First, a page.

Un Chief Wants Urgent Aid To Somalia
The United Nations is calling for urgent aid for Somalia to avert a catastrophe worse than the famine that claimed 260,000 in 2011.
UN Secretary-General Antonio Guterres, who visited the country on Tuesday — his first field trip since he took office in January — said the situation in the country was both tragic and regrettable.
“It’s impossible to describe. It’s the suffering of the people, every single person we have seen had a personal story of tremendous suffering.
“There’s no way to describe it,” he told journalists at Liiban camp in Baidoa after meeting the internally displaced people.”
Mr Guterres later visited cholera patients and severely malnourished children at Bay Regional Hospital.
Cholera has so far claimed the lives of 25 people at the hospital. Seventy-three cholera patients were admitted at the hospital, while 2,340 were being treated as outpatients.
Earlier, Mr Guterres met with Somalia’s President Mohammed Abdulahi Farmaajo in Mogadishu and appealed for $825 million humanitarian support for the country.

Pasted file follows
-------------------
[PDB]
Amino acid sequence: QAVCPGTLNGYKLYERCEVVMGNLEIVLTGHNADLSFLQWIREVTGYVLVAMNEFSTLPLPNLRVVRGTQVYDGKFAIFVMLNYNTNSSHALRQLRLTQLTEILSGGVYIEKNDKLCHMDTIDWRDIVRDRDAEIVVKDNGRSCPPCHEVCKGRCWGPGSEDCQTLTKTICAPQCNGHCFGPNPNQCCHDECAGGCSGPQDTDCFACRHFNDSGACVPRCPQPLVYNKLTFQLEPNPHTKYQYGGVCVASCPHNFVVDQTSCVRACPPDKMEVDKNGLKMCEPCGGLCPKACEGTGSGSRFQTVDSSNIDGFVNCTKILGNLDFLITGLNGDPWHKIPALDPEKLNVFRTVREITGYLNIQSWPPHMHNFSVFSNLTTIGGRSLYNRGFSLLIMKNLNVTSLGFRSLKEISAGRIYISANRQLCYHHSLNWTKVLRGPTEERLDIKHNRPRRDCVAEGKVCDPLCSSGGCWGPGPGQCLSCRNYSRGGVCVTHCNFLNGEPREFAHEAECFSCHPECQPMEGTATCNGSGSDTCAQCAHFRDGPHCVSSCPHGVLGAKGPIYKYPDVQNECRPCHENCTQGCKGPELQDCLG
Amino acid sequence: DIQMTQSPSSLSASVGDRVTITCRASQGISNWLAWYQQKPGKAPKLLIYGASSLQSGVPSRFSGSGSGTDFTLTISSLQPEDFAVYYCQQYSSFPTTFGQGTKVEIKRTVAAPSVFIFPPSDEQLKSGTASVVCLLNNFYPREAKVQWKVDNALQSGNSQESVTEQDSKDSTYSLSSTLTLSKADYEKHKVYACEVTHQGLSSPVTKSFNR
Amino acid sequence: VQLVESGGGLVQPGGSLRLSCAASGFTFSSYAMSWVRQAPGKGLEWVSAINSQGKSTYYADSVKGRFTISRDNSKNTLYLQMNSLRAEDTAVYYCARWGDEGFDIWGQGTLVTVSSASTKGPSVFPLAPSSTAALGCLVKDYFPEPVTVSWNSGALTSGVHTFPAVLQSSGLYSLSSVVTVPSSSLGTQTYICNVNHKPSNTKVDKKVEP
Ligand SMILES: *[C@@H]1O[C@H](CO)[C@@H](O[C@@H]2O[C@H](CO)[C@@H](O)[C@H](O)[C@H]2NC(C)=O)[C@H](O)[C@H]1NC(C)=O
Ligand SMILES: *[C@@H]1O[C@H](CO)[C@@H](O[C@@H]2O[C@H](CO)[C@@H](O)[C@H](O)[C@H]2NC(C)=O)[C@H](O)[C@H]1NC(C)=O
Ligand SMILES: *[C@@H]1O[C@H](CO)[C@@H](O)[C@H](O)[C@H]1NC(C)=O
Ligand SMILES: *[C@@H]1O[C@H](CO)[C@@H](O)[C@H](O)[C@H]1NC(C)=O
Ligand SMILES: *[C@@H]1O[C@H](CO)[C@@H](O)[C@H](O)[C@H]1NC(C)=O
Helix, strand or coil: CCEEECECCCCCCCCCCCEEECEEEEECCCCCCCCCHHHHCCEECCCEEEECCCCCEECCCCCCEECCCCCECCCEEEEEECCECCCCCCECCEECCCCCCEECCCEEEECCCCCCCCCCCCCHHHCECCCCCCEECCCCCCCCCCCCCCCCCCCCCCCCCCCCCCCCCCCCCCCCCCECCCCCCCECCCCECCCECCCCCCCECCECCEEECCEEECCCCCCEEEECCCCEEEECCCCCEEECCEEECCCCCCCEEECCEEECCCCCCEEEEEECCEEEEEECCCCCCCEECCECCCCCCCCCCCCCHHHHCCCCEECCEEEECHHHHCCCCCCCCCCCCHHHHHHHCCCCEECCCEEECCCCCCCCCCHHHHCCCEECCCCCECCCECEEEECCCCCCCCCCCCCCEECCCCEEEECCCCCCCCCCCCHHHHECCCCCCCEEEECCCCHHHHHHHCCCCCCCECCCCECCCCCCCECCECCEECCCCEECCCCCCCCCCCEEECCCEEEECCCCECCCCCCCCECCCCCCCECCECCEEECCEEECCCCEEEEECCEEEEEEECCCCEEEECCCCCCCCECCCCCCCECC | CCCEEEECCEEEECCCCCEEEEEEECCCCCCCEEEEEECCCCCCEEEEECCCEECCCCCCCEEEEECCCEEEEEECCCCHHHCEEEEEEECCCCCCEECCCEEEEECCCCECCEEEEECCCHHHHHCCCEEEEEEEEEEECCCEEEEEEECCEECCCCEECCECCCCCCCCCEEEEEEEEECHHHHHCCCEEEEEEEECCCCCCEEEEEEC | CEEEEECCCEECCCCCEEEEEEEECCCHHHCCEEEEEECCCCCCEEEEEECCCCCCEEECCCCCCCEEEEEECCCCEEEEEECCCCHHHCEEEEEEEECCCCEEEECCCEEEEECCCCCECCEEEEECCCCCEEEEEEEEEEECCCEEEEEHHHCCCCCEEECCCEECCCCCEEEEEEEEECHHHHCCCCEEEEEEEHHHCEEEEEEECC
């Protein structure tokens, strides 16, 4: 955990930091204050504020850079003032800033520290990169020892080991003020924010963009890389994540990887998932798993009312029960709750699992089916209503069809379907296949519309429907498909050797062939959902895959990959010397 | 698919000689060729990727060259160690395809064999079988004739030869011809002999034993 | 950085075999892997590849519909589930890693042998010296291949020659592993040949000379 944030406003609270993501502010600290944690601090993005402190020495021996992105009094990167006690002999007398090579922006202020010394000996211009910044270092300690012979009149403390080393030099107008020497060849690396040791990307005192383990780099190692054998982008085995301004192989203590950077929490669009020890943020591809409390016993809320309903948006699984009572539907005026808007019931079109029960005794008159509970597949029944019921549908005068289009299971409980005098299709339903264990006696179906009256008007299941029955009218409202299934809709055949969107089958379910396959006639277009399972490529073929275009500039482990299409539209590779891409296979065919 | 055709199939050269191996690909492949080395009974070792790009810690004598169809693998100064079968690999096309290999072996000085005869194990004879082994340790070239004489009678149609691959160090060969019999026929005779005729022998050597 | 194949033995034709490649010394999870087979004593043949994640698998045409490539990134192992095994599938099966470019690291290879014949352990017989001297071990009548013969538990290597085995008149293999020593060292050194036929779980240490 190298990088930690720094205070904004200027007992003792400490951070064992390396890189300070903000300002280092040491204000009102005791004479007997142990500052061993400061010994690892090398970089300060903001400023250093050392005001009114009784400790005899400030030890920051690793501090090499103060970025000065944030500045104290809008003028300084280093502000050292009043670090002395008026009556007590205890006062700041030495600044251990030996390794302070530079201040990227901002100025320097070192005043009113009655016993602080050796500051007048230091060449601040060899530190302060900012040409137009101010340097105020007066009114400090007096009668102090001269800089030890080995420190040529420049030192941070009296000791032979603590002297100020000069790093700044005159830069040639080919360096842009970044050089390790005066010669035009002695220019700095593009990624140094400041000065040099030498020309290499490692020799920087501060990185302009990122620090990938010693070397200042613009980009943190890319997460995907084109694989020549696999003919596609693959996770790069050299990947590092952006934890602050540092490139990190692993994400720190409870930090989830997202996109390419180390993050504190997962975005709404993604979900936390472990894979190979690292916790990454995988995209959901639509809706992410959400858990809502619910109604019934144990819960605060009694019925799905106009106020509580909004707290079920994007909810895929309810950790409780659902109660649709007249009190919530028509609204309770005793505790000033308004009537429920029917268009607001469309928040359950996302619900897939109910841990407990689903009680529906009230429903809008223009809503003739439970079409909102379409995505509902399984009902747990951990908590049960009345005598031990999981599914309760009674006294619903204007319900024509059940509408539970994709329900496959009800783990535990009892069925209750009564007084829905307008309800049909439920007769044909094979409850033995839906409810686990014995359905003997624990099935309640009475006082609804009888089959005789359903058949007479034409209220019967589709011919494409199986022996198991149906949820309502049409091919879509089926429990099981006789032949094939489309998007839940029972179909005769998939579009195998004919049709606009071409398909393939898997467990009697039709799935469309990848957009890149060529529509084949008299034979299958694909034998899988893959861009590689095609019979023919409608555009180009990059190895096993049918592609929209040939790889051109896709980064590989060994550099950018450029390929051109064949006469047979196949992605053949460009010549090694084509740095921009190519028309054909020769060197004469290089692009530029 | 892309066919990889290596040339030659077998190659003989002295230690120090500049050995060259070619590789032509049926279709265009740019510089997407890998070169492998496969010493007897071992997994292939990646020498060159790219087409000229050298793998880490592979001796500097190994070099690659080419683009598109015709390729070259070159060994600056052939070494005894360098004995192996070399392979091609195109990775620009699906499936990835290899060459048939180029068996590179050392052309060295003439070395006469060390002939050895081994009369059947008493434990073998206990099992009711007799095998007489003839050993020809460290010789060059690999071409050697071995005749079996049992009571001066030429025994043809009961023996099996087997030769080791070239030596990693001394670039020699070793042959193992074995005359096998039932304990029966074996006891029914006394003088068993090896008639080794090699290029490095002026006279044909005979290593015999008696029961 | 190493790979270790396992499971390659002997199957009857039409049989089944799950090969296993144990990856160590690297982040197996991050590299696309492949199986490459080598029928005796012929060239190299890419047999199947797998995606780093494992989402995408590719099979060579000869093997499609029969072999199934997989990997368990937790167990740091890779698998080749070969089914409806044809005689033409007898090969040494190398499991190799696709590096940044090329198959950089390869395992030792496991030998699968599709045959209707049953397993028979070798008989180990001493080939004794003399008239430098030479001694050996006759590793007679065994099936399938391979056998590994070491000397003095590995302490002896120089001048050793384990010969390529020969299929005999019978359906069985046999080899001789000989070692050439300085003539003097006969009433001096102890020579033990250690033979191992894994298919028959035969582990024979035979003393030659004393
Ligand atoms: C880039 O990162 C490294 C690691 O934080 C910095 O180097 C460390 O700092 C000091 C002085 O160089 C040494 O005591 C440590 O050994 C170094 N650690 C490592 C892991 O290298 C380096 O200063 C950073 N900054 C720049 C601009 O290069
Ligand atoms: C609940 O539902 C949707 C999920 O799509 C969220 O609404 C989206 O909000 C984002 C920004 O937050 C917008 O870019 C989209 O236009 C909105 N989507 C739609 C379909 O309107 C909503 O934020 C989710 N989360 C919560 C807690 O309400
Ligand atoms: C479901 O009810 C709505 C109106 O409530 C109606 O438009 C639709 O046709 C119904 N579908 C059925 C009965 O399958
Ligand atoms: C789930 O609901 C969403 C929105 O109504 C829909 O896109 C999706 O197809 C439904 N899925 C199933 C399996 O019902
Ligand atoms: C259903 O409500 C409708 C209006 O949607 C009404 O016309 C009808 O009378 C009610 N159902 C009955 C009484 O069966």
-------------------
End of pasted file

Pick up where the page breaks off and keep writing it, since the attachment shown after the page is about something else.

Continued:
“The combination of drought, conflict and disease outbreak calls for massive support,” Mr Guterres told journalists.
President Farmaajo said his first priority was to address the drought crisis to avert a famine.
“Second is to deal with the security situation. Al-Shabaab and other terrorists organisations are an impediment to progress. We need to rebuild the Somalia National Army, ” he said.
More than a half of Somalia’s population is in need of food aid. This is further complicated by insecurity as humanitarian agencies cannot reach the affected people.
About 200,000 people have moved to makeshift camps.
The UN requires $825 million for life-saving initiatives between March and June this year.
“It makes me feel extremely unhappy. With the amount of wealth in the world, that such scenes are still possible,” he said at an IDP camp.